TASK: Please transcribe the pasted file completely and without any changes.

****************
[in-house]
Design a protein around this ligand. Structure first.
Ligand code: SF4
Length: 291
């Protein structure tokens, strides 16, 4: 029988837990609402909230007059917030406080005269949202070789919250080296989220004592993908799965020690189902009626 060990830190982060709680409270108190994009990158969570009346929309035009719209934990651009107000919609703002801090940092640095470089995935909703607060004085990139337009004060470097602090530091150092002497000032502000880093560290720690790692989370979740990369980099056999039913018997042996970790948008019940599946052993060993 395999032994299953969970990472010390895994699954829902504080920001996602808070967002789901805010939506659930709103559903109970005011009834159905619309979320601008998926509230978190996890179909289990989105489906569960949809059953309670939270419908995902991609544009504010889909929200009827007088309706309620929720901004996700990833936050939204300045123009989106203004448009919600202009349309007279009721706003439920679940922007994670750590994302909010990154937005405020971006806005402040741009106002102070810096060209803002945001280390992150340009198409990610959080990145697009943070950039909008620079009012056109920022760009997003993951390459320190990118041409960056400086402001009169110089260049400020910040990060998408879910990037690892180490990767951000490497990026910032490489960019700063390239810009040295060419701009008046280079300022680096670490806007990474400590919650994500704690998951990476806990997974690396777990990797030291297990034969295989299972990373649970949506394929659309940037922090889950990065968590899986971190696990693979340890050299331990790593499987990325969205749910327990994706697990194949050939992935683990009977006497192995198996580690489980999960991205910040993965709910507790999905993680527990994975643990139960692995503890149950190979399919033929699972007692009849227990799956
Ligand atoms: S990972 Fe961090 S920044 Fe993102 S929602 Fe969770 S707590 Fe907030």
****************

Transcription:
[in-house]
Design a protein around this ligand. Structure first.
Ligand code: SF4
Length: 291
């Protein structure tokens, strides 16, 4: 029988837990609402909230007059917030406080005269949202070789919250080296989220004592993908799965020690189902009626 060990830190982060709680409270108190994009990158969570009346929309035009719209934990651009107000919609703002801090940092640095470089995935909703607060004085990139337009004060470097602090530091150092002497000032502000880093560290720690790692989370979740990369980099056999039913018997042996970790948008019940599946052993060993 395999032994299953969970990472010390895994699954829902504080920001996602808070967002789901805010939506659930709103559903109970005011009834159905619309979320601008998926509230978190996890179909289990989105489906569960949809059953309670939270419908995902991609544009504010889909929200009827007088309706309620929720901004996700990833936050939204300045123009989106203004448009919600202009349309007279009721706003439920679940922007994670750590994302909010990154937005405020971006806005402040741009106002102070810096060209803002945001280390992150340009198409990610959080990145697009943070950039909008620079009012056109920022760009997003993951390459320190990118041409960056400086402001009169110089260049400020910040990060998408879910990037690892180490990767951000490497990026910032490489960019700063390239810009040295060419701009008046280079300022680096670490806007990474400590919650994500704690998951990476806990997974690396777990990797030291297990034969295989299972990373649970949506394929659309940037922090889950990065968590899986971190696990693979340890050299331990790593499987990325969205749910327990994706697990194949050939992935683990009977006497192995198996580690489980999960991205910040993965709910507790999905993680527990994975643990139960692995503890149950190979399919033929699972007692009849227990799956
Ligand atoms: S990972 Fe961090 S920044 Fe993102 S929602 Fe969770 S707590 Fe907030």